My “new” favorite type of articles

This past weekend my wife and I went on a little weekend getaway to disconnect a bit.  Fortunately for where we live, we didn’t have to go too far to break away…. we stayed on Miami Beach (low 80’s and sunny all weekend).  It was absolutely beautiful and a perfect few days “away”.  

One of our goals of the trip was to disconnect from work and truly relax together.  With that in mind I went equipped with my new iPad Mini, an Amazon Kindle, hard books (2 of them), magazines, and plenty of workout clothes.  Exercise was a no brainer as we both like to be outside and we took advantage of the weather with very long walks/jogs on the beach, weight room work, etc.  It was awesome and energizing to workout each day.

Reading was also a big part of the trip and I brought so many options since I wasn’t sure what “mood” I was going to be in (we don’t do these trips often).  So I first started with a business book that I’m reading and quickly realized that although the book was great, it was getting my BrightGauge mental juices flowing way too much for the vacation.  I found myself standing up while reading and looking for a notepad…. not something I wanted to do on the beach.  Next I tried, on my kindle again, reading a “book for pleasure” which for me was biography on Thomas Jefferson.  My choice was again poor for the quick vacation, the book was way too long and the best thing it did for me was put me to sleep!  I was a bit stumped on day 1 as I didn’t want to get on the Internet and start reading blog posts or news articles.  I read those every day of my life.  I wanted to read something engaging and entertaining but not a big commitment…  

Day 2 we hit the gym and at the entrance there was the magazine the “New York Magazine” with the cover of Alex Rodriguez.  I picked it up and started reading….and didn’t stop!

The article was fantastic not just because it’s an interesting topic to me but because it was long, very well researched and extremely well written.  This was it, my holy grail for the weekend, long magazine articles that I never get around to reading during the normal day to day grind.  That day I scoured Apple’s Newstand for more magazines and ended up reading amazing articles from previous issues of Wired, The Economist, The Atlantic, and Fortune all weekend. And as you may have guessed, I read them all from my new iPad Mini.  Glare wasn’t too bad mid-day and the portability is amazing.

But back to my point, these “types” of articles.  All the magazines I mentioned provide phenomenal content as they have the resources to pay for true investigation and/or opinion, the talent to write well, and the focus to deliver REAL content.  I distinguish real versus the everyday 24/7 news coverage that is blasted everywhere and the perfect example was that A-Rod story that captured my attention.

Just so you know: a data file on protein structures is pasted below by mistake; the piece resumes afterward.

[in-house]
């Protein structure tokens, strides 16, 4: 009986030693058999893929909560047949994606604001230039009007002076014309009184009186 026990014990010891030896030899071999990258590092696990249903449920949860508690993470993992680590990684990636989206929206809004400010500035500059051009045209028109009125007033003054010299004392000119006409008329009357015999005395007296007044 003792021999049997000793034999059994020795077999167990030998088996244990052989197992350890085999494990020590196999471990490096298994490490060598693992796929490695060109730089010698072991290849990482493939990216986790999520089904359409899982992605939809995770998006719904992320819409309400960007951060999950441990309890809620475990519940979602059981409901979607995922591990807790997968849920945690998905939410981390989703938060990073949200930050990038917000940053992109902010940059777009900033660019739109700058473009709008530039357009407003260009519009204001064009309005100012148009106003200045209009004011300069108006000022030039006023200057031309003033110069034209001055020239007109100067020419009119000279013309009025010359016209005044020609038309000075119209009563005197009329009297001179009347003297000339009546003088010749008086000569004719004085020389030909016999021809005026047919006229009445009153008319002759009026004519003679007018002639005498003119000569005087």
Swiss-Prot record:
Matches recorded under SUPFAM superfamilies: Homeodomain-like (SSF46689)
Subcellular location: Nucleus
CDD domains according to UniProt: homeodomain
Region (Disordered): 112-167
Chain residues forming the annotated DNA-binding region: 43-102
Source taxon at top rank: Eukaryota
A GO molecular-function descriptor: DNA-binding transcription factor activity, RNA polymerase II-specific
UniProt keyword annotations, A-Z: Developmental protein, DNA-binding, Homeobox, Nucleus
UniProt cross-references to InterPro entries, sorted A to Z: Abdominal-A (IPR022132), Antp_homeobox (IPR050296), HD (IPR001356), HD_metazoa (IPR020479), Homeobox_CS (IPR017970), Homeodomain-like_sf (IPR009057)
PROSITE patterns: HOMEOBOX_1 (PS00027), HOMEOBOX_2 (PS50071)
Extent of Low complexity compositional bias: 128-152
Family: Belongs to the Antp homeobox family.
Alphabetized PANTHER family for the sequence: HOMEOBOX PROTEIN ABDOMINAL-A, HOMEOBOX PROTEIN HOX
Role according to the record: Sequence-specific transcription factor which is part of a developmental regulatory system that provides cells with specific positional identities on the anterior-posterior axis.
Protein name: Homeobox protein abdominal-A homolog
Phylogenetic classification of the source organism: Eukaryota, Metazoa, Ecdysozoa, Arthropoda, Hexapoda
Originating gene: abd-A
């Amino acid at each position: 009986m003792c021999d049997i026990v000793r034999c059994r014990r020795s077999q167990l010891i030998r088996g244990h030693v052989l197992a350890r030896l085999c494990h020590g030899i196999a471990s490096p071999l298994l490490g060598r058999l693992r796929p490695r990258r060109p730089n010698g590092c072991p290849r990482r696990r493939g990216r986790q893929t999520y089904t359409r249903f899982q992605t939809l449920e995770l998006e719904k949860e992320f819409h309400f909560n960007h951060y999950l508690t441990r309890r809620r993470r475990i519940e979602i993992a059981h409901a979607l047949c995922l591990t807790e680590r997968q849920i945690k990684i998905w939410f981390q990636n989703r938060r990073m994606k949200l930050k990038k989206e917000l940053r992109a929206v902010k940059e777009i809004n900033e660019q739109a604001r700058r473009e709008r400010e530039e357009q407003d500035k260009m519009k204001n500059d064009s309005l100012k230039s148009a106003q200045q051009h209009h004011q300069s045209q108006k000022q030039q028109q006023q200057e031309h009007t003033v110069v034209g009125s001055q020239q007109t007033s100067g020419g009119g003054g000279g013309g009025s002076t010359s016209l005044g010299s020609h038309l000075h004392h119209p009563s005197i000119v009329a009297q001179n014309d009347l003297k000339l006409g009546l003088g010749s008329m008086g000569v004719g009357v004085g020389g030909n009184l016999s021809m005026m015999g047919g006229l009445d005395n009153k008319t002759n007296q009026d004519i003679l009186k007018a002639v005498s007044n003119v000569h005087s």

I’ve been hearing about his baseball suspension almost every day on ESPN radio for months but it wasn’t until I read the article I linked above that I was able to understand what was really going on. Steve Fishman, the writer, did an incredible job of bringing up all the facts from the story from real interviews and laying it out for the readers.  In fact, I couldn’t believe the backstory I read about regarding Major League Baseball (MLB) around this saga and was equally amazed on how ESPN radio and other blogs I had read previously didn’t scratch the surface about any of his details.  It seems most of what I read was people reporting on the same superficial “headlines” that they all read from each other.  

It was so much fun to read these magazines (that was just one example) and more importantly I was very happy to pay for them.  Hopefully these periodicals and other respectable news outlets figure out how to monetize their efforts again because I think we will all better off with real news, real research, and real content.

  • You can have great content like this online, the problem is how web content is found and how it is monetized. For example, if I am paid based on page views or unique users, my goal is to get as many people as I can, regardless of their value. Since most of these people come via search, my best best is to have as much volume loading up search as I can. One long article doesn’t help as much as ten short ones.
    Magazines on the other hand sell the value of their specific audience. By this I mean, that as an advertiser, I know exactly the type of person who reads magazine X. So, even if their readership is low, my ad is targeted only at potential consumers of my product. That is why magazines often have such specific topic areas. In this scenario, better, targeted content pays off more than content volume.
    What we need to do is find a way to make better, targeted content pay on the web.
    (PS. Commenting was behaving weird. Sorry if you got repeats but they weren’t showing up)

  • Thanks for the comment! I agree with the targeted content being the play for magazines and other periodicals. I also think there could be another way to monetize content. For instance, I like how the WSJ now lets you read one or two articles for free per day but any more requires a subscription.
    My problem is the expectation the Internet has created for FREE content. This is awful as its impossible to provide high value for free. What’s happening is a decrease in value and acceptance by all of us readers.
    You get what you pay for in this country and what we’re mostly getting is NOISE for free!